The word to describe the Exchange is cluttered, which makes for an interesting digging experience but also leads me to wonder how many great records go undiscovered simply because they’re buried in the deepest recesses of the shop, or in an irrelevant genre/category pile. But, that’s also kinda the beauty of it all.
This is perhaps the longest running Vinyl dealer in Brisbane, and walking through the Adelaide St shop you get the feeling that there are some real ancient relics in here (staff included). The sheer volume of records is enormous, the downside to which is that they are largely unsorted and often in questionable condition.
I’ll be real, the Exchange gets a hard time among Brisbane record shoppers for a few reasons. I’ll try to address some of these gripes and explain why I still frequent this dilapidated record lair, and why I think it’s worth a look through if you’re in the area.
The entrance to the store itself is easy to miss, and is via the narrow staircase besides the Commonwealth Bank on Adelaide st. Up the stairs, you’re greeted by an eclectic array of rock n roll paraphernalia ranging from Hells Angels belt buckles to a unsettling life-sized poster of the gaunt faced Tom Petty that looks as though it was printed during his rougher years. The owner of the Exchange is a lifetime collector of things and will happily give you the story behind literally any item you pick up in the store (seriously, this guy loves a chat (and by chat I mean lecture)). The word to describe the Exchange is cluttered, which makes for an interesting digging experience but also leads me to wonder how many great records go undiscovered simply because they’re buried in the deepest recesses of the shop, or in an irrelevant genre/category pile. But, that’s also kinda the beauty of it as you’re never quite sure what you could uncover.
The selection of records is quite narrow, stocking almost exclusively second hand rock, folk, and easy listening. There’s a little jazz, some crates of soundtracks and blues, as well as recent additions of re-pressed pop and funk albums near the front counter. BUT the overwhelming majority of the records are second hand rock of some sort. It’s interesting, in a way the Exchange is almost a cross section of Brisbane’s music tastes from a time when records were the primary format for recorded music. Unlike other shops like Rocking Horse, or Jet Black Cat, I get the feeling that the record Exchange has very few if any agreements with modern vinyl distro’s and more or less acquires records though private estate sales and trade ins from customers, in addition to the alleged 30 000 records sitting unsorted in the back room. This means that if you’re into Springsteen, Dylan, Elvis, or any other artists that would have been past their golden years by the time your parents came around, there’s plenty of crates to dig through. That said, I’ve found some Stylistics records there, a few Grateful Dead albums, an awesome Blue Note Live LP, and one Tyler the Creator record stored under G for Goblin. So in short, yes there are some awesome records in the Exchange but you REALLY need to dig for them. The narrow genre selection is quite a common criticism, in addition to the sometimes dubious pricing system that is also a popular point of contention.
The shop seems to have a knack for selling rare records at a relatively high price. That Blue Note Live record set me back $65, one of the more expensive records I have purchased, but later when I looked it up on discogs the average price was $17AUD! I’m a fan of so many Blue Note artists (not to mention the best live recordings of Donald Byrd’s Domino’s and Places & Spaces) , I didn’t think twice about picking up the double disc LP, but advertising it as rare did irk me at the time. I’ve heard a few stories similar to this, and have also seen the owner turn down the sale of a bargain bin ’45 to quickly search Discogs for a price in case it was valuable. In general, the records are a little overpriced. Anything big brand like Beatles, Velvet Underground, The Ramones, will all be marked around $30-$40 (second hand) which I think is too steep considering the commonality and quality of the records. The shop is probably trying to capitalise on selling their most popular records but may actually be shooting themselves in the foot by turning away savvy shoppers.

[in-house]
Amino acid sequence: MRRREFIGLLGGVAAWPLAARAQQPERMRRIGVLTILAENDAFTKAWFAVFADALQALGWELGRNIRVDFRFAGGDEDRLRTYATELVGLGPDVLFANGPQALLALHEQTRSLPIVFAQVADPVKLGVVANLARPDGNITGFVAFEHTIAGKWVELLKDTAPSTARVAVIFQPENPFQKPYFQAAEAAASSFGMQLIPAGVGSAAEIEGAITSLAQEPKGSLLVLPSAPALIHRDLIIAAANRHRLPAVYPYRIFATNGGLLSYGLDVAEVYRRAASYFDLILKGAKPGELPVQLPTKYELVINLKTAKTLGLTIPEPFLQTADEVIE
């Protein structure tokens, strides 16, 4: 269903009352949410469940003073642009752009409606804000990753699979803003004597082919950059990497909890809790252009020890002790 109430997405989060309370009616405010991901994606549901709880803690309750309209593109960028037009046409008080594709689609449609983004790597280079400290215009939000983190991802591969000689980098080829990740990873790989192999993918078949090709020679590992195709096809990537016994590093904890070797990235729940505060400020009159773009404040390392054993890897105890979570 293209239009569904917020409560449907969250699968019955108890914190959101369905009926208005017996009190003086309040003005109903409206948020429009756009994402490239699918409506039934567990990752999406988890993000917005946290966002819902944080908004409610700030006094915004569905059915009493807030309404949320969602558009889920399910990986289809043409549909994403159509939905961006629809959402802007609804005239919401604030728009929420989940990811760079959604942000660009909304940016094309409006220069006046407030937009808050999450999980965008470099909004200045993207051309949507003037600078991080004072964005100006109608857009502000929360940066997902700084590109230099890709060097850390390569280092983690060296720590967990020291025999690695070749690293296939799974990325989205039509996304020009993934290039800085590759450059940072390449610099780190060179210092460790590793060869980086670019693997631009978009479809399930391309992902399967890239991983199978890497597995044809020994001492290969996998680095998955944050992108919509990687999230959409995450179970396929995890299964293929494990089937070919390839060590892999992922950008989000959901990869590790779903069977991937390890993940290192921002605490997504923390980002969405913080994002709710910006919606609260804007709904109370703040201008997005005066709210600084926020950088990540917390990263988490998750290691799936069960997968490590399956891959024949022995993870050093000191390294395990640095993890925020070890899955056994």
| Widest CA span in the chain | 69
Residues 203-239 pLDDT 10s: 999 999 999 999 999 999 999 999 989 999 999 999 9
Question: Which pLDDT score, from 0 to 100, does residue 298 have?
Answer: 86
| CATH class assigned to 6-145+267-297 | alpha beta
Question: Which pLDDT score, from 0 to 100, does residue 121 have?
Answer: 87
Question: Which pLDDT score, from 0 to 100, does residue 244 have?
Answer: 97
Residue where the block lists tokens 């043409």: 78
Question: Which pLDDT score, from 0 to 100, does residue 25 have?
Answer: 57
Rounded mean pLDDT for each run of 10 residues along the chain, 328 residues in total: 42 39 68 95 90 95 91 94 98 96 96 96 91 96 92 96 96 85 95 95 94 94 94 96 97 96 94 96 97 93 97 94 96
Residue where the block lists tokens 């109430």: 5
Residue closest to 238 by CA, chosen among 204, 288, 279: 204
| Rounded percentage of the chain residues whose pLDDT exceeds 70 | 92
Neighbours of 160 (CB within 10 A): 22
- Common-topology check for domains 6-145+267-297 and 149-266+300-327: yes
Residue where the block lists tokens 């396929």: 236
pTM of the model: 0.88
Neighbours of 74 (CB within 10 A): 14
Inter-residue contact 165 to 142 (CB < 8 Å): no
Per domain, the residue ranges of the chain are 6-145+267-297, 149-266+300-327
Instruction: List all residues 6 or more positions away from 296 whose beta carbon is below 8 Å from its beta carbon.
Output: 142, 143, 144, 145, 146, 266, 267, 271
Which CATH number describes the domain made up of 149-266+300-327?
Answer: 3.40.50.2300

Someone in the know (ahem) doesn’t go there for chart topping albums though. With $25 and an hour to kill I can easily pick up 10 records worth having and satisfy my buying urges within my prescribed budget. But I need the full hour. There are thousands of 45’s and thousands of unsorted records just sitting at the back of the shop, and although I may only buy one out of every 200 records I flip through, there is seriously a lotta LOTTA records in there (if you have dust allergies definitely take your meds with you).
The exchange is more than just a record retailer as well, they sell second hand audio equipment and do repairs for very reasonable prices. The inhouse mechanic has worked wonders on my amplifier and gives great advice on how to configure your sound system for the best listening experience. The exchange also sells all sorts of weird collectables which can often be bargained for at the counter.
If you can get over the mess and eclecticism, then the CD and Record exchange is an interesting dig and totally worth the time to swing in and have a sticky beak. It’s a piece of Brisbane’s cultural heritage from a time before online streaming, and has survived countless re-imaginings of the Brisbane music scene. Even though the business is for sale (and has been for a few years) I hope the exchange sticks around in some form or another and can continue to provide Brisbane with a one-of-a-kind record shopping destination.
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